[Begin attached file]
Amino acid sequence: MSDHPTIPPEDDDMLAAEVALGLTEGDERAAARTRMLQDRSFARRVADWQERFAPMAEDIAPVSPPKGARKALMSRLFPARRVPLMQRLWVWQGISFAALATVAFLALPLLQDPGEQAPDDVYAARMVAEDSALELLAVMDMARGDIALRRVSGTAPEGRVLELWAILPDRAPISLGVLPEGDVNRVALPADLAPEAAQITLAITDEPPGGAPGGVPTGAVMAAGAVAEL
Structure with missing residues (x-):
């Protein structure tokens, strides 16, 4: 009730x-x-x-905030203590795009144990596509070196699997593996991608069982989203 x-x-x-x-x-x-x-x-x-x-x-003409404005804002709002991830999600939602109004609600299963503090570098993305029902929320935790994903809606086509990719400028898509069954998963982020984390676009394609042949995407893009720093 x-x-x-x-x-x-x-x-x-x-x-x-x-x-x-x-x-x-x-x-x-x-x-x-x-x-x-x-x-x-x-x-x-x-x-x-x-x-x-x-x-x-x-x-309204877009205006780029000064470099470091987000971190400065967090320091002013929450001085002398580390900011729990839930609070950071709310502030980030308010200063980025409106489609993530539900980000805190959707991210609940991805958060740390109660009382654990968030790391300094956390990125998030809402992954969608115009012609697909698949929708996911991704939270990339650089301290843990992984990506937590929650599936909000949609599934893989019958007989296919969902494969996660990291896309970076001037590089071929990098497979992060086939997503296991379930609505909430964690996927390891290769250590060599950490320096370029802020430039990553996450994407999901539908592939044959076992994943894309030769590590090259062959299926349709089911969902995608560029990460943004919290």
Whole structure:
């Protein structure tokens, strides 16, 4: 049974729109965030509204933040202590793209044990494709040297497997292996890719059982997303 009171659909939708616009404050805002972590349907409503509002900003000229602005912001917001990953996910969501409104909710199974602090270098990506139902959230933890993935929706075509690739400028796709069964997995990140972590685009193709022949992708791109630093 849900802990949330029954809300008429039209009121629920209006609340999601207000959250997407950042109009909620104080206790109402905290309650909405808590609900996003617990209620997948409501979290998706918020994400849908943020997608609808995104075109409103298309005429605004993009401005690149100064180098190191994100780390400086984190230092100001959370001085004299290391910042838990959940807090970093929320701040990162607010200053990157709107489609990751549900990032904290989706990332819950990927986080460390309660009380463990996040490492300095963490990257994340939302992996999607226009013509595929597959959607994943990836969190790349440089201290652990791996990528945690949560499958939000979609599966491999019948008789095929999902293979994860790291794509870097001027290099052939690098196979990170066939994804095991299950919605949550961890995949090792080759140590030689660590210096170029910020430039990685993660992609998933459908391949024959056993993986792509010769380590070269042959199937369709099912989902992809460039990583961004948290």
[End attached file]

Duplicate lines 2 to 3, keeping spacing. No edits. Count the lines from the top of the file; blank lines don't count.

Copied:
Structure with missing residues (x-):
């Protein structure tokens, strides 16, 4: 009730x-x-x-905030203590795009144990596509070196699997593996991608069982989203 x-x-x-x-x-x-x-x-x-x-x-003409404005804002709002991830999600939602109004609600299963503090570098993305029902929320935790994903809606086509990719400028898509069954998963982020984390676009394609042949995407893009720093 x-x-x-x-x-x-x-x-x-x-x-x-x-x-x-x-x-x-x-x-x-x-x-x-x-x-x-x-x-x-x-x-x-x-x-x-x-x-x-x-x-x-x-x-309204877009205006780029000064470099470091987000971190400065967090320091002013929450001085002398580390900011729990839930609070950071709310502030980030308010200063980025409106489609993530539900980000805190959707991210609940991805958060740390109660009382654990968030790391300094956390990125998030809402992954969608115009012609697909698949929708996911991704939270990339650089301290843990992984990506937590929650599936909000949609599934893989019958007989296919969902494969996660990291896309970076001037590089071929990098497979992060086939997503296991379930609505909430964690996927390891290769250590060599950490320096370029802020430039990553996450994407999901539908592939044959076992994943894309030769590590090259062959299926349709089911969902995608560029990460943004919290």